The Medieval Broadcloth. 
Changing Trends in Fashions, Manufacturing and Consumption.

Kathrine Vestergàrd Pedersen and Marie-Louise B. Nosc (eds).

Paperback.  160p, b/w illus & 24p of colour plates. Ancient Textiles Series 6,
Oxbow Books in association with the Centre for Textile Research 2009.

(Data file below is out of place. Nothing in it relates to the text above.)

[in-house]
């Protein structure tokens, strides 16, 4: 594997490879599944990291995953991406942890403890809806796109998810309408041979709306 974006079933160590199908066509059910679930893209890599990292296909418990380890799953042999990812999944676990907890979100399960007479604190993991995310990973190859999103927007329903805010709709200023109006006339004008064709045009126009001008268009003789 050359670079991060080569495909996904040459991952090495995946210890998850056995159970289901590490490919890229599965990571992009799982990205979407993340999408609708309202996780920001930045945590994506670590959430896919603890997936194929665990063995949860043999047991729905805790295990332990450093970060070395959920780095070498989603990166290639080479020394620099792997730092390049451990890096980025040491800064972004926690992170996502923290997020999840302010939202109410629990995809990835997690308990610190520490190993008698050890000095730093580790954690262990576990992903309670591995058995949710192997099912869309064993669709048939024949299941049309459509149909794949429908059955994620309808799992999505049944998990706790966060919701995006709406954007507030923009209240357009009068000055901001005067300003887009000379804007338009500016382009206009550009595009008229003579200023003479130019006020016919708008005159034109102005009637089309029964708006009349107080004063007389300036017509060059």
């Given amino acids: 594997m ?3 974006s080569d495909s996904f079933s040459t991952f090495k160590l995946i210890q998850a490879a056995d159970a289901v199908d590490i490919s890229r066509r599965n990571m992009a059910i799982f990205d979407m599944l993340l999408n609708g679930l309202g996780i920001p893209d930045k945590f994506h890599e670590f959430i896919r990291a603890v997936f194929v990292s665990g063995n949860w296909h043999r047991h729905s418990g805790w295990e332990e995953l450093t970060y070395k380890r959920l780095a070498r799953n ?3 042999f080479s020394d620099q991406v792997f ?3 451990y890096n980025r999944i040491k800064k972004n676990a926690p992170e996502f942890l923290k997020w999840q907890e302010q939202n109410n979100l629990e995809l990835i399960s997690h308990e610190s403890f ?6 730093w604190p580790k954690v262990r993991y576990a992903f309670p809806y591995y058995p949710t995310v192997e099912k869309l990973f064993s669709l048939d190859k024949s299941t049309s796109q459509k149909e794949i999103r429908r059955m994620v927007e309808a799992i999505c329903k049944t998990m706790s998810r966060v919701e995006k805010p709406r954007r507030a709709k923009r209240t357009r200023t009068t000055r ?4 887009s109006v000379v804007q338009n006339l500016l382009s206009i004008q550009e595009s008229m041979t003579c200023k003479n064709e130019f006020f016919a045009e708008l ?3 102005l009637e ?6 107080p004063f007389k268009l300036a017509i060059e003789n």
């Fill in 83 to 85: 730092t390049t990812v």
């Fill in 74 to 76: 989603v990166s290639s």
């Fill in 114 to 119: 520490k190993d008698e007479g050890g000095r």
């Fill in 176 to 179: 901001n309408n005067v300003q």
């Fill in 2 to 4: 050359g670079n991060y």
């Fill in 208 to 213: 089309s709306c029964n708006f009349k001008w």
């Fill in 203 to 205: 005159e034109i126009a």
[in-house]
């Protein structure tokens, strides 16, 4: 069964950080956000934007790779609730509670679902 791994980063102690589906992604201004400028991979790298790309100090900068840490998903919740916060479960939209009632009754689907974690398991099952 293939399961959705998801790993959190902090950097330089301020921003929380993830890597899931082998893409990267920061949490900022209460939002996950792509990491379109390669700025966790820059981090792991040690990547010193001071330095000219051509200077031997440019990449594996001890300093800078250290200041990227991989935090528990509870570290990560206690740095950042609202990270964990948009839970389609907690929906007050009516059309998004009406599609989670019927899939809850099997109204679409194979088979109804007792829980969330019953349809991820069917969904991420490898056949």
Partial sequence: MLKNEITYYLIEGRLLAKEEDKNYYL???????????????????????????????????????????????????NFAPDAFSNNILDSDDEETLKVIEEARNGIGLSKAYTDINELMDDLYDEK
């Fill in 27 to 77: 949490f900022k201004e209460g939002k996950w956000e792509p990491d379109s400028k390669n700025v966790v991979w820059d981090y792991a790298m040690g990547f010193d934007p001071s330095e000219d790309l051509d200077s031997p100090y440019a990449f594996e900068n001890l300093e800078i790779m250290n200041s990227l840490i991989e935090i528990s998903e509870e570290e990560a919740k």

The eight papers presented here provide a useful introduction to medieval broadcloth, and an up-to-date synthesis of current research. The word broadcloth is nowadays used as an overall term for the woven textiles mass-produced and exported all over Europe. It was first produced in Flanders as a luxurious cloth from the 11th century and through out the medieval period. Broadcloth is the English term, Laken in Flemish, Tuch in German, Drap in French, Klæde in the Scandinavian languages and Verka in Finish. As the concept of broadcloth has deriving from the written sources it can not directly be identified in the archaeological textiles and therefore the topic of medieval broadcloth is very suitable as an interdisciplinary theme. The first chapter (John Munro) presents an introduction to the subject and takes the reader through the manufacturing and economic importance of the medieval broadcloth as a luxury item. Chapter two (Carsten Jahnke) describes trade in the Baltic Sea area, detailing production standards, shipping and prices. Chapters three, four and five (Heini Kirjavainen, Riina Rammo and Jerzy Maik) deal with archaeological textiles excavated in the Baltic, Finland and Poland. Chapters six and seven (Camilla Luise Dahl and Kathrine Vestergàrd Pedersen) concern the problems of combining the terminology from the written sources with archaeological textiles. The last chapter reports on an ongoing reconstruction project; at the open air museum in Eindhoven, Holland, Anton Reurink has tried to recreate a medieval broadcloth based on written and historical sources. During the last few years he has reconstructed the tool for preparing and spinning wool, and a group of spinners has produced a yarn of the right quality. He subsequently wove approximately 20 metres of cloth and conducted the first experiment with foot-fulling.
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